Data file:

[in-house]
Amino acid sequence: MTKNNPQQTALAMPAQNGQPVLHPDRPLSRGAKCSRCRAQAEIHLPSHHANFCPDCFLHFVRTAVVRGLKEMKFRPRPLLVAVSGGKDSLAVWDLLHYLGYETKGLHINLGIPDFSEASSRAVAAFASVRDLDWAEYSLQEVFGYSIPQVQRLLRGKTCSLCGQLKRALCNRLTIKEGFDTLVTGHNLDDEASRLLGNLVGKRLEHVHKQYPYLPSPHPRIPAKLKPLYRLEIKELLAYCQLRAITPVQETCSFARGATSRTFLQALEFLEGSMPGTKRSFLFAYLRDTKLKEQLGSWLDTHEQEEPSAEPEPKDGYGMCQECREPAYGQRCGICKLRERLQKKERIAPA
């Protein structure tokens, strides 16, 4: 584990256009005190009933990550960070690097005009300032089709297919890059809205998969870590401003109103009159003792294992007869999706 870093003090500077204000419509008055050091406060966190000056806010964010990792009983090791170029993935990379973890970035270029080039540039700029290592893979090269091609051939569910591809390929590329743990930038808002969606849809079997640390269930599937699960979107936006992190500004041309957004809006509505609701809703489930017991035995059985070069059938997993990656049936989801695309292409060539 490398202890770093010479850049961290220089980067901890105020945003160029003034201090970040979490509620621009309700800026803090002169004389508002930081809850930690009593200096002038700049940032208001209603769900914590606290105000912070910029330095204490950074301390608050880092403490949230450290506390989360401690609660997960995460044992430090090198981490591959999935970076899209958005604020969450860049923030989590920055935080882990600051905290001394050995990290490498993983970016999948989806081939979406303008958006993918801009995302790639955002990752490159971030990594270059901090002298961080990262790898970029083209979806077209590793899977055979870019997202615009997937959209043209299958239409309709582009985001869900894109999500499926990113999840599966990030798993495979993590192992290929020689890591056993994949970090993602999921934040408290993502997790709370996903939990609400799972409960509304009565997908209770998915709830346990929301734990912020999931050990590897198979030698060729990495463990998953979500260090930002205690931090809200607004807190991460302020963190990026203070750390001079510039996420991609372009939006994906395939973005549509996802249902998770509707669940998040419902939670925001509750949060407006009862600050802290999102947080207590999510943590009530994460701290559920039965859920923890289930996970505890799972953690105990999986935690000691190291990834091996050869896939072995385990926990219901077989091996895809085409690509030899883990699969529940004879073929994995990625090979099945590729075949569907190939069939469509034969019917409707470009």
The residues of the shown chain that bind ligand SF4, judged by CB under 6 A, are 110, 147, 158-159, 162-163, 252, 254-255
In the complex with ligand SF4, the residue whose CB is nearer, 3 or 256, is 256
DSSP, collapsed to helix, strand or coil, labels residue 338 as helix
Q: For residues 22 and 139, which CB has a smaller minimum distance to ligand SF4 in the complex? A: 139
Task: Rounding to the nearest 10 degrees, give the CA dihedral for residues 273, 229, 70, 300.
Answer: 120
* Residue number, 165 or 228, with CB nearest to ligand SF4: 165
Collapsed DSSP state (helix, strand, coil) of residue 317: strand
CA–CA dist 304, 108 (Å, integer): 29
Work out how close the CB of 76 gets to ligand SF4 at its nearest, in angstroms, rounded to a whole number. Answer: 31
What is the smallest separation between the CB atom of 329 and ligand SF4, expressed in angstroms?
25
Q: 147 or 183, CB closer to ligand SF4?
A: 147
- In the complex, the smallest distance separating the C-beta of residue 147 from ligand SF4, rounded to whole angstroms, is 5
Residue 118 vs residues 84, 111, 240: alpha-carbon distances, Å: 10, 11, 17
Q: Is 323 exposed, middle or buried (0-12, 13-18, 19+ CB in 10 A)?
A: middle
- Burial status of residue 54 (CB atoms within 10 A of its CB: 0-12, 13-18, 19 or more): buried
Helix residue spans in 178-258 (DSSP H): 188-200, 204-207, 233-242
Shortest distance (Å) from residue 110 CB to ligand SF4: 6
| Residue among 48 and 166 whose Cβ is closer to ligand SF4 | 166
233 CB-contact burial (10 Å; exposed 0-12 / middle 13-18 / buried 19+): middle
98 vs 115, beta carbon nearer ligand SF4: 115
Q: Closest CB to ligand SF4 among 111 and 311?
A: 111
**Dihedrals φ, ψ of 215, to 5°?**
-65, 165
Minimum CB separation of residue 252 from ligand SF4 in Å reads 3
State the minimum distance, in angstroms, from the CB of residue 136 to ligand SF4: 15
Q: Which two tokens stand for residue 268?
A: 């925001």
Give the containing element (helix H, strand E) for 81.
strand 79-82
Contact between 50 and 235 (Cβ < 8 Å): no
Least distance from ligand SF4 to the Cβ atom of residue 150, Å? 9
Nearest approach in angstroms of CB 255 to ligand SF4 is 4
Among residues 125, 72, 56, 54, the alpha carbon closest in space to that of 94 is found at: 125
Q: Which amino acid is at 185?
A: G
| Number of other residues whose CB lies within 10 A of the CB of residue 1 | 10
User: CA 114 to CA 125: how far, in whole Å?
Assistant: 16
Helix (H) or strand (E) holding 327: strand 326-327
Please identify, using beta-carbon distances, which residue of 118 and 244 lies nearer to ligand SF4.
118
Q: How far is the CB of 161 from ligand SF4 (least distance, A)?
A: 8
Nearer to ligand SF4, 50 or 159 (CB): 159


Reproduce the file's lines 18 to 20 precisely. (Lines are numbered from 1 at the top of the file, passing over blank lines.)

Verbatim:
- In the complex, the smallest distance separating the C-beta of residue 147 from ligand SF4, rounded to whole angstroms, is 5
Residue 118 vs residues 84, 111, 240: alpha-carbon distances, Å: 10, 11, 17
Q: Is 323 exposed, middle or buried (0-12, 13-18, 19+ CB in 10 A)?